Is there a right price for medicine?

RECENTLY, the Health Ministry announced its intention to make prices of medicines available to consumers. The announcement received a mixed response with some viewing it as an attempt at price fixing while others saw it as the right of consumers to know the price.

The cost of medicines is often cited in discussions or complaints about the increasing cost of healthcare. While the cost of medicines is a component of healthcare costs, it is not the sole, and may not even be the major, determinant.

It becomes a very emotional and sensitive issue when a patient is not able to receive treatment because it is not affordable. More information about prices and pricing may help to address some of these concerns.

The price of a tablet does not just take into consideration the cost of the raw materials, production, packaging and so on. One also needs to consider the 10 to 15 years of research, testing in laboratories, and clinical trials that the innovator companies undertake. A number of compounds could reach the final stages of approval but still not make it to the market because of concerns for safety or efficacy by the industry itself or the regulatory bodies.

It is often stated that the cost of successfully bringing a new drug into the market exceeds US$1bil. Therefore, it is accepted that research-based pharmaceutical companies are given patent protection to allow them to recoup their costs of development and turn in a profit.

After the patent has expired, generic manufacturers are spared the extremely costly processes of research and development. They do carry out research to develop formulations for their products and some limited clinical trials (bioequivalence studies) to prove that they are as effective as the innovator products. However, because they are not saddled with the high cost of original research and development, they are able to sell their products at a cheaper price.

Both original and generic products have to comply with standards of safety, efficacy and quality. In Malaysia, the Drug Control Authority (DCA) through the National Pharmaceutical Regulatory Agency (NPRA) is tasked with ensuring the safety, efficacy and quality of pharmaceuticals.

We must accept the fact that pharmaceutical companies, while providing a useful service, are not welfare organisations but are businesses that are responsible to shareholders and owners. Consumers recognise this and only expect responsible pricing by these companies.

In 2015, increase in the price of pyrimethamine, a 62-year-old drug that was newly acquired by a company, from US$13.50 to US$750, caused an international uproar.

It is not always about profit, however. It must also be recognised that pharmaceutical companies bring to market “orphan drugs” for rare diseases which do not have a large enough market for the manufacturers to recoup their research and development costs.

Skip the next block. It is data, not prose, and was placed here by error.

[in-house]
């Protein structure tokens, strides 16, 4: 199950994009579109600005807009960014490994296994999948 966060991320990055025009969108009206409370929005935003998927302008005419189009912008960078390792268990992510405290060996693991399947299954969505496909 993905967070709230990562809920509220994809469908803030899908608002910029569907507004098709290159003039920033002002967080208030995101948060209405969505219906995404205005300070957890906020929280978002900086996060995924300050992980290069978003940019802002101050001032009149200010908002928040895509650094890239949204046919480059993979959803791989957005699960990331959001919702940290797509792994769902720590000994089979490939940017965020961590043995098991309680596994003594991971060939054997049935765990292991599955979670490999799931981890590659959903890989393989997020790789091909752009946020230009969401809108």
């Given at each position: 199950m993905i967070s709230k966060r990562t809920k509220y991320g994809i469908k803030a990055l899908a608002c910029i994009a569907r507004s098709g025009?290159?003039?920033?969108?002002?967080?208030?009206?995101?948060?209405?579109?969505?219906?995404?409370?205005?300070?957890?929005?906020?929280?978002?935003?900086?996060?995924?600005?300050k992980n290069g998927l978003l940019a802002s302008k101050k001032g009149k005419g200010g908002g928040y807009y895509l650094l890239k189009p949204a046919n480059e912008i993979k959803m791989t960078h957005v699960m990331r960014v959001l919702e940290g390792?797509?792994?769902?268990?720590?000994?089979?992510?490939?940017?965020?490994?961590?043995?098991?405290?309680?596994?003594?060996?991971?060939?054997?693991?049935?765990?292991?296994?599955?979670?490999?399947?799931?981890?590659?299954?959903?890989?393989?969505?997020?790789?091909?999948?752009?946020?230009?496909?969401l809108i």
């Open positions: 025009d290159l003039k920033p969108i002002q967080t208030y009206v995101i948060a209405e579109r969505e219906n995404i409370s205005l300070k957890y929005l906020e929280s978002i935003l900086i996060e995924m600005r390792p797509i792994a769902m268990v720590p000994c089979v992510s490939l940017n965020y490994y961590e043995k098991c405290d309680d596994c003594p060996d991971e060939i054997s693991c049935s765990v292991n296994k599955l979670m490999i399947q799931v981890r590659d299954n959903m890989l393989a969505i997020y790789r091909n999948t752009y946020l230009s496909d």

Many countries offer incentives to pharmaceutical companies to encourage them to produce such drugs that are very useful for a small segment of society.

There are also organisations like Drugs for Neglected Diseases Initiative (DNDI), which take up potentially effective compounds and attempt to develop them as medicines.

It is a very noble initiative but it does face certain challenges. Since its inception in 2003, it has developed and implemented treatments for diseases such as malaria and sleeping sickness.

Malaysia practises a free market system as far as drug prices are concerned. The Government, while trying to get the best price for medicines (which are largely supplied to the patient at no cost) for the public healthcare sector, does not control drug prices. The system has worked satisfactorily thus far and patients have access to most medicines except for some drugs, where the cost becomes prohibitive and therefore the number of patients who receive a particular treatment may have to be restricted because of budgetary constraints.

Recently, the Government announced its intention of asking pharmaceutical manufacturers and distributors to inform the Health Ministry of the recommended retail price (RRP) of a medicine. The idea is to compile a list of drugs in the country with the range of prices for drugs with the same ingredients in the same amounts.

As there is usually a significant difference between the price of a generic medicine and an original patented medicine, and for reasons mentioned previously, the list should separate the prices of generic and original products.

I believe the intention behind this proposal by the Health Ministry is to inform the public that medicine prices are not fixed and there is a range of prices for a particular drug.

If this information is available, consumers and patients would be able to find out if they have been overcharged, given a discount or charged something within the range by the healthcare provider.

Of course, this intention of the Government to inform the consumer of the price of medicines can only be fully realised if the supplier itemises the price of each medicine.


Executive Dean

Faculty of Health & Medical Sciences

Taylor’s University

Letters , medical , price of medicines